Scottish Rugby appoint John Fletcher to new player pathway and coach development role

Appointment is part of on-going review of performance department being conducted by Jim Mallinder

John Fletcher has been given a new senior role in Scottish Rugby's revamped performance department. Image: © Craig Watson -
John Fletcher has been given a new senior role in Scottish Rugby's revamped performance department. Image: © Craig Watson -

SCOTTISH RUGBY have appointed John Fletcher (who previously spent a decade as England Rugby Head of Player Development Pathway between 2008 and 2018, as well six years at Newcastle Falcons as academy manager then Director of Rugby between 2002 and 2008) to the newly-created role of ‘Head of Pathways and Elite Coach Development’. His first day in the new job will Monday 13th December.

This new role has been developed as part of the on-going review of the High-Performance Department overseen by Director of Performance Rugby, Jim Mallinder.

“I am delighted to welcome John to Scottish Rugby. His experience in player and coach development spans across various sports at a High Performance level,” said Mallinder. “The experience and insight that he will bring is what we need to take this crucial role forward.

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“The wider restructure of High Performance is still on-going, and we are close to finalising our structure with a few roles still to fill. The Head of Pathways and Elite Coach Development role is going to be key in helping us align with the new Scottish Rugby strategy by focussing on the player pathways and providing vital support to our top coaches and specialist teams.”

The Head of Pathways and Elite Coach Development role has been created to support the next generation of performance coaches and oversee development programmes for all pro team assistant coaches and Scotland women coaches, as well as head coaches in Super6 and age-grade programmes.

In this role, Fletcher will also oversee the whole pathway within the women and girls programme as well as the under-18 male pathway programme to ensure the implementation of world-class player development. He will also lead on the FOSROC Regional Academy Programme to ensure consistent standards are met at all levels of the player pathway.

“This work will act as a ‘bridge’ between the Rugby Development and High Performance departments to ensure it is fully integrated on all player pathway matters,” said a statement issued by Scottish Rugby.

Fletcher has been a mentor in recent years for coaches and talent managers within the RFU, ECB, FA and England Hockey. He has also worked as a coaching expert with UK Sport and their Culture Health Check Programme.

“I am absolutely thrilled to be offered this position and player and coach development are areas that I am hugely passionate about,” he said. “I have spent most of my working life leading programmes that support both players and coaches and I am really eager to get started.

“I am keen to get to know the people and to better understand the role that I can play in the delivering the strategic plan. I am really excited about where Scottish Rugby is going. The Men’s first team performances have been really strong, there are great opportunities across the pathway and in the Women’s game.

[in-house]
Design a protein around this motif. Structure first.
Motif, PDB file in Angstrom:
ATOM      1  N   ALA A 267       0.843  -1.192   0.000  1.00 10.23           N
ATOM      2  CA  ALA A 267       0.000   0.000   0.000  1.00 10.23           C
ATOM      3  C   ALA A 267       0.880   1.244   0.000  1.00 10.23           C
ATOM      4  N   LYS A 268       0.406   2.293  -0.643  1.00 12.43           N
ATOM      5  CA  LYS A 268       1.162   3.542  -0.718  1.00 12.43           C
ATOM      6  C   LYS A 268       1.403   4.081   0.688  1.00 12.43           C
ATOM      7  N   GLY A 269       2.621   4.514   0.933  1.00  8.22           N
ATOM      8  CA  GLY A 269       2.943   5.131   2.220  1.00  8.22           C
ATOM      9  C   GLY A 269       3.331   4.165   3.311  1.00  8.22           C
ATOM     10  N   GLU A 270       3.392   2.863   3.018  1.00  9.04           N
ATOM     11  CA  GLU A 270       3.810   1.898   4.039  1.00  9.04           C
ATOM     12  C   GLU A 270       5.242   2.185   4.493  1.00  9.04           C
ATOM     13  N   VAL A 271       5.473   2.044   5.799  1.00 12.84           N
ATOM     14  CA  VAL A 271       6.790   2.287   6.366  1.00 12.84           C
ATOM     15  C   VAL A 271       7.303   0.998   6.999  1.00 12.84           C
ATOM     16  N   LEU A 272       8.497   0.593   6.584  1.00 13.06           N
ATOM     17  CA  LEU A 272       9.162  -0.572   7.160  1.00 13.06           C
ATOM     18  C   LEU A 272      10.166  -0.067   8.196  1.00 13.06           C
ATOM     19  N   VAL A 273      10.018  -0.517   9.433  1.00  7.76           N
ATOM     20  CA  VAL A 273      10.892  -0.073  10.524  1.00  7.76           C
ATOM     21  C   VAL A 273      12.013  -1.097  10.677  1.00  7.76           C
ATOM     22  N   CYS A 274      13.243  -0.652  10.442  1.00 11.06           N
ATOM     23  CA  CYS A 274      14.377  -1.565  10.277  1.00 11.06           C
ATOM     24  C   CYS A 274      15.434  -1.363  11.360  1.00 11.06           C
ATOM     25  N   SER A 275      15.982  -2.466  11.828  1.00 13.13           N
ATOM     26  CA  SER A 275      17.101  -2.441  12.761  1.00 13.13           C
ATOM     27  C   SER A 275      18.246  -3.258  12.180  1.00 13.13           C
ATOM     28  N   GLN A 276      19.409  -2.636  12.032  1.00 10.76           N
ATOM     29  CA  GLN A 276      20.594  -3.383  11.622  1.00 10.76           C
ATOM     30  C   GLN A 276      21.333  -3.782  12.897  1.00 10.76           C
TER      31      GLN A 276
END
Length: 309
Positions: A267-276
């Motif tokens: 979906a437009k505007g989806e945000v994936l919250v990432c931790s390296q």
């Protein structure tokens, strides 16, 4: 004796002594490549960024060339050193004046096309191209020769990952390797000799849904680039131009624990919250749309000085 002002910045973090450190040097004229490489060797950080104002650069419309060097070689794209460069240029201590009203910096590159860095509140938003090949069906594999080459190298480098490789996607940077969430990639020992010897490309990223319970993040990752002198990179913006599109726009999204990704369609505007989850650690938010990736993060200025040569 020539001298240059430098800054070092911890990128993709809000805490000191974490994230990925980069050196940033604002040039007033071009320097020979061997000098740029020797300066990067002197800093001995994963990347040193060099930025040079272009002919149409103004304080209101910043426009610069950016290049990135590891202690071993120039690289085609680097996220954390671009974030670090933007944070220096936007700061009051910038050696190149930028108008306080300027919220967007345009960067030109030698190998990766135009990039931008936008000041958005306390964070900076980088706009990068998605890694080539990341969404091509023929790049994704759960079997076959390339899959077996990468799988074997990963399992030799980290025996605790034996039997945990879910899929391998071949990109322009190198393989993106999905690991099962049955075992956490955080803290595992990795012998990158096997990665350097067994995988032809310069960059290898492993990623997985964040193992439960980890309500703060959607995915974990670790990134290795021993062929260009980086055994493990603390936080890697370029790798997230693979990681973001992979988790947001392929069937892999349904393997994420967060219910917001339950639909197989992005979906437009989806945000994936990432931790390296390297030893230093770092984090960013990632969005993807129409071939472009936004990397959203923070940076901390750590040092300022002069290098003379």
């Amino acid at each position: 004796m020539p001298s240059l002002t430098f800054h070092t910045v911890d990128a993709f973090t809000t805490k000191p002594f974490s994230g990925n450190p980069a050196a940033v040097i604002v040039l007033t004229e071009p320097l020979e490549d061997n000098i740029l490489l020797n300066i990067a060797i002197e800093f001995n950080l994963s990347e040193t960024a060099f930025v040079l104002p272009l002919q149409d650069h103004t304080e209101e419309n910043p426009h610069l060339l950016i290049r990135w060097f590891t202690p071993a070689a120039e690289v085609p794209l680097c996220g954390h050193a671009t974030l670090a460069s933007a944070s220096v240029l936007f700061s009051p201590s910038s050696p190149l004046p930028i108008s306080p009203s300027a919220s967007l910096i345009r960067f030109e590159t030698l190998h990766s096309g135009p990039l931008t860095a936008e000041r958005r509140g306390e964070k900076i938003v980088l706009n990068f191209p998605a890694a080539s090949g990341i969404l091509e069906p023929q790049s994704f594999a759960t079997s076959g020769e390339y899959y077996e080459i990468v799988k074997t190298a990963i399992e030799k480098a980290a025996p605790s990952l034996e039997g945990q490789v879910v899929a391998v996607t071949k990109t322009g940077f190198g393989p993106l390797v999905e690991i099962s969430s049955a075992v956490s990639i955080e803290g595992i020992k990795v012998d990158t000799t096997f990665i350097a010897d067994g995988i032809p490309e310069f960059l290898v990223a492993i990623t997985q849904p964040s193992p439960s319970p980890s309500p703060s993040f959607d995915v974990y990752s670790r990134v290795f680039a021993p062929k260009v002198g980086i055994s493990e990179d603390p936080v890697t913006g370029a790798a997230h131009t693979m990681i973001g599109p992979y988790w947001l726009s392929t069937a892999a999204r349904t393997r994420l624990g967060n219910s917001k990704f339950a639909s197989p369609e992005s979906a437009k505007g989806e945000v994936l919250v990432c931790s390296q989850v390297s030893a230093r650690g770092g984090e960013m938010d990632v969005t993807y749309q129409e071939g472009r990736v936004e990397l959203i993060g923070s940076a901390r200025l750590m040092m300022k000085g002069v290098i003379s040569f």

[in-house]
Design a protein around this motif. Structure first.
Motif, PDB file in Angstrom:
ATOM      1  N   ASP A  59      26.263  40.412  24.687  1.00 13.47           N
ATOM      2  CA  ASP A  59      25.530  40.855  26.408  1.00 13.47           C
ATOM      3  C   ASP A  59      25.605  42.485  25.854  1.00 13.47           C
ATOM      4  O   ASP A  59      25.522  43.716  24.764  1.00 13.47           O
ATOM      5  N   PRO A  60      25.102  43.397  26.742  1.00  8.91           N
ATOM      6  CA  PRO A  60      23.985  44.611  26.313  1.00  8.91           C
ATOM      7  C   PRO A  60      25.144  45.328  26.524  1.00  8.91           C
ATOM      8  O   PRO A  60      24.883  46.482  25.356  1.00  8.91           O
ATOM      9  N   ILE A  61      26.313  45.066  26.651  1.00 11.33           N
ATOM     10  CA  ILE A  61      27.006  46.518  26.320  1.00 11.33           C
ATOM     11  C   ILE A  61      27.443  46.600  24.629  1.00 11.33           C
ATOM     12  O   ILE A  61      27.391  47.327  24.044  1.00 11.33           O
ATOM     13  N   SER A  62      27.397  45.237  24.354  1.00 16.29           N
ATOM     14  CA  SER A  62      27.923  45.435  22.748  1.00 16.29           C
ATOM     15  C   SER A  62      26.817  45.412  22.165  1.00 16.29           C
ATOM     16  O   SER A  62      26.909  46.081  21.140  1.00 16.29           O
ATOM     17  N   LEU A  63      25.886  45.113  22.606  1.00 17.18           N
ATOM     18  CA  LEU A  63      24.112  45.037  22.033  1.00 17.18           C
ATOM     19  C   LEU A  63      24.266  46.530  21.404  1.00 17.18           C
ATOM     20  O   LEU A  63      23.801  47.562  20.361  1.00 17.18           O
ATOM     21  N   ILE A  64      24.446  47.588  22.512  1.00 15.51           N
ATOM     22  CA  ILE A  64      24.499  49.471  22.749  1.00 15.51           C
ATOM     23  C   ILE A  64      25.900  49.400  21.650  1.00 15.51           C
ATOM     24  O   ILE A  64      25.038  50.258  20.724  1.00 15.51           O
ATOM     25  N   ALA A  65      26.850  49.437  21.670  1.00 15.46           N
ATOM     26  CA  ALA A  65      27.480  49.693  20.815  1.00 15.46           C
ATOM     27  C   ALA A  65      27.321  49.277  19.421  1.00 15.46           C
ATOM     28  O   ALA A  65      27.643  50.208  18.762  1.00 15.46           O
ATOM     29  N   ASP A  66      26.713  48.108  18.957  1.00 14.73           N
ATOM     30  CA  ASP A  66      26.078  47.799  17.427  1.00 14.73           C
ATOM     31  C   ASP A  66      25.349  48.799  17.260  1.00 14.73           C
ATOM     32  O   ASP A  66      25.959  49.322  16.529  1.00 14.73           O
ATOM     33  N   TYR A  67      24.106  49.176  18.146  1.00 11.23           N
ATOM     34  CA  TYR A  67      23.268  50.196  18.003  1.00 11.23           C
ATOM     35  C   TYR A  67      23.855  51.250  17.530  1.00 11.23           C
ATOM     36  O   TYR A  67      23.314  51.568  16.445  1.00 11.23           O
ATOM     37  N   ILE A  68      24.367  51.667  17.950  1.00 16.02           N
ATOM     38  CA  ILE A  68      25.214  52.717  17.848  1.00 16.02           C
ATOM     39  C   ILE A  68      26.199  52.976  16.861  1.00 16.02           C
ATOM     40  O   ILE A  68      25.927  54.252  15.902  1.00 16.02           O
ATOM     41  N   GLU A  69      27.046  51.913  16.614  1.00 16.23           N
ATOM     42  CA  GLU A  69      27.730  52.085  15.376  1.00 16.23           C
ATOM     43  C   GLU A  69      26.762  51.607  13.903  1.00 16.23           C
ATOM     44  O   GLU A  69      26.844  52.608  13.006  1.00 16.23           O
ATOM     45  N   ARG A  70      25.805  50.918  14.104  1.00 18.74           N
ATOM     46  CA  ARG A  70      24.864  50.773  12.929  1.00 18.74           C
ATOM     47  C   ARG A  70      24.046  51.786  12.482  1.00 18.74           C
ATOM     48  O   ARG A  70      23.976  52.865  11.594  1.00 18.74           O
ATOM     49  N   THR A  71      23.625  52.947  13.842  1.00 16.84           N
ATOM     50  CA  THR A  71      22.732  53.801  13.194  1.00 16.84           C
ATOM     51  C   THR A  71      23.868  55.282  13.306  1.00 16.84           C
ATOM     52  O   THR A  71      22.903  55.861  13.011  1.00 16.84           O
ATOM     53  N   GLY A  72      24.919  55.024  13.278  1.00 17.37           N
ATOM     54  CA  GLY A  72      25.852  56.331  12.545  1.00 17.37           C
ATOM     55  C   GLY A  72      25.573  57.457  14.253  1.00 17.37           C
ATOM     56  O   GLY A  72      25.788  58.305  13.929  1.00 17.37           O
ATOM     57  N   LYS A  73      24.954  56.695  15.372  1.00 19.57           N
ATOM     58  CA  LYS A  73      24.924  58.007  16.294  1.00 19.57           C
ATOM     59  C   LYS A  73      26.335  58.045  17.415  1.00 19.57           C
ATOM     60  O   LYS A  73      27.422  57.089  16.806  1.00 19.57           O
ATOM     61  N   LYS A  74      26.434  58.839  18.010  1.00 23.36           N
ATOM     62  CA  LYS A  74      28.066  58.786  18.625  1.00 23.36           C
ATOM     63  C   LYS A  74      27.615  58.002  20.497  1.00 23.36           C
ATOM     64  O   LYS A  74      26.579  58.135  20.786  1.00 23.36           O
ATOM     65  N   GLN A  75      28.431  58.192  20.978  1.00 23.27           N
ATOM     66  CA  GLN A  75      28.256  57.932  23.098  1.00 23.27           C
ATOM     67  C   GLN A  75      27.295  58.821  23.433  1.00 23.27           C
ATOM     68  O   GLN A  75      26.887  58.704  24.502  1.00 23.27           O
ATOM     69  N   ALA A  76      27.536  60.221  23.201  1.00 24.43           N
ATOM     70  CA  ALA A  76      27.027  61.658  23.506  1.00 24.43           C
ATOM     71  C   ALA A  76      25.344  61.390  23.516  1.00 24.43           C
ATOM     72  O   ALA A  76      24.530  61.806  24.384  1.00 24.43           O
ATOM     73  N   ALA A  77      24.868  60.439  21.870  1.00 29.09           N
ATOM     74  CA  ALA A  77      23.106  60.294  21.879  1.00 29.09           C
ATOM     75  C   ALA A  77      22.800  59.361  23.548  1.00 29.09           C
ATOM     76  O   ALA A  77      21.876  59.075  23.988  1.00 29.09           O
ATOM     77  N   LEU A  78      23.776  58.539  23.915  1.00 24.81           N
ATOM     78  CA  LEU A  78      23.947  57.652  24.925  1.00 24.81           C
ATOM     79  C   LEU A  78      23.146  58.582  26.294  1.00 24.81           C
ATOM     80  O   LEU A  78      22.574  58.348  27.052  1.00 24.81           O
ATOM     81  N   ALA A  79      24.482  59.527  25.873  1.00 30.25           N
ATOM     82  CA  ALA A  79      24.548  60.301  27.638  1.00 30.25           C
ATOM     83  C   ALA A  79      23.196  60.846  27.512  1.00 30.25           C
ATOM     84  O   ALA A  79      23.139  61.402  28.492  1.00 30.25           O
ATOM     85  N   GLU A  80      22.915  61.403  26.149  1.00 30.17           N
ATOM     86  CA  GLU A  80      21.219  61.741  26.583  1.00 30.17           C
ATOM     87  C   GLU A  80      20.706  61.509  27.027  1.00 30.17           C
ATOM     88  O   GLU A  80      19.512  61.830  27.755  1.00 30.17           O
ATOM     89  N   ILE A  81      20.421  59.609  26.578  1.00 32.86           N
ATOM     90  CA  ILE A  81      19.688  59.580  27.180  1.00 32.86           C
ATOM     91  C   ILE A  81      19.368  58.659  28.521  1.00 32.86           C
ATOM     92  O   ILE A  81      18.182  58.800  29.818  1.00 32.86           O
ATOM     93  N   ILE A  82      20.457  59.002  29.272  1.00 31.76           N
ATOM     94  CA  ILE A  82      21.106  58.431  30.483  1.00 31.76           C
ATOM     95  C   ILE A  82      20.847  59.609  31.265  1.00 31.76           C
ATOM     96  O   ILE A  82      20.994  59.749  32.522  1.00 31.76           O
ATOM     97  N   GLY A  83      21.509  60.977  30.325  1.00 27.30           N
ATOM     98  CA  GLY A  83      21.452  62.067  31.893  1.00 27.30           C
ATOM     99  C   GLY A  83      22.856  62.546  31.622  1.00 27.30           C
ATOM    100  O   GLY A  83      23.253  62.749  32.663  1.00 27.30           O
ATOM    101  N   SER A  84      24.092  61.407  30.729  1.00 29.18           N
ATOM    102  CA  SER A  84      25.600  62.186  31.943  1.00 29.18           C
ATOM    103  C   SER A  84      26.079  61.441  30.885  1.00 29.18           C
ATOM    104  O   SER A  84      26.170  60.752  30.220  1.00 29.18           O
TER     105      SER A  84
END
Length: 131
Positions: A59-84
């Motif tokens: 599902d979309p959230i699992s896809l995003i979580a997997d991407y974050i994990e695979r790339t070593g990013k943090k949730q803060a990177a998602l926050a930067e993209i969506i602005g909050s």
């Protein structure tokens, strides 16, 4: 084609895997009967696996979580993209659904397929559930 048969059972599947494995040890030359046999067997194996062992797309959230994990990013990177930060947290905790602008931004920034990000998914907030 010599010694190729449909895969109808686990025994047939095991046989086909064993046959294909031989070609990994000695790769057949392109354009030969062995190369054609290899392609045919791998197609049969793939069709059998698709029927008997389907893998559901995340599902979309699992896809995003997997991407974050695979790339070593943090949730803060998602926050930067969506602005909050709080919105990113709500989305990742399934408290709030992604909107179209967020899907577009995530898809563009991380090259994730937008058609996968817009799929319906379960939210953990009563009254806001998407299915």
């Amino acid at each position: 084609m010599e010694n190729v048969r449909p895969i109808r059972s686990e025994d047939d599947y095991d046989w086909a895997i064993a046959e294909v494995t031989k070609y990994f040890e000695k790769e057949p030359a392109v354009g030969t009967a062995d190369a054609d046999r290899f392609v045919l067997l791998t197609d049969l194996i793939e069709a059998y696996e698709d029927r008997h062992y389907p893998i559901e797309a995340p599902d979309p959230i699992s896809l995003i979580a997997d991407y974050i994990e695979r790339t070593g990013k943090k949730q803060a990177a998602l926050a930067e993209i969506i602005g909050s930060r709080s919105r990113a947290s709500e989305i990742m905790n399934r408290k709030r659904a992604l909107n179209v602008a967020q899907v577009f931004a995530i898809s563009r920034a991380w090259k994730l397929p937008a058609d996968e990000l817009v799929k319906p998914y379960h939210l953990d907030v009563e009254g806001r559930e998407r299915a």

“I genuinely feel that coaching can be a competitive advantage and I feel that Scottish Rugby can get ahead of their competitors and coach development is one of the ways to do that.”

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About David Barnes 3112 Articles
David has worked as a freelance rugby journalist since 2004 covering every level of the game in Scotland for publications including he Herald/Sunday Herald, The Sunday Times, The Telegraph, The Scotsman/Scotland on Sunday/Evening News, The Daily Record, The Daily Mail/Mail on Sunday and The Sun.


  1. Whilst I applaud this appointment and its been badly needed, unless they address the gap between youth to senior rugby and those lost in that maelstrom that drift away from the sport, its pointless.

    You can do all the hard work at minis and youth rugby but the transition to senior rugby is where the majority are lost due to lack of opportunity.

  2. I hope he spends time trying to find a pathway for late developing
    aspirants from clubs as well as the academy players for whom he will need to find more demanding and stretching gam time .
    If he is successful we will then need a third and probably fourth
    Pro side to test the battle worthiness of young players aspiring to be Pro and eventually Scotland players

    • Couldn’t agree more. It’s scandalous the number of kids we reject at the age of 15, who are then lost to the game. We then spend a fortune on importing players when that money could be much better spent developing our own players. Thirty years of short termism and it’s provided no tangible rewards at all. A cynic might start to think we deliberately ignore our own kids so we can recruit from countries that don’t mind pumping kids full of PEDS…. hopefully this appointment will be a long overdue return to common sense.

  3. If nothing else it feels like the SRU are investing time and money in people and taking young player development seriously. Otherwise we are at huge risk of losing some serious school and club players from the game.

    So, good to read this

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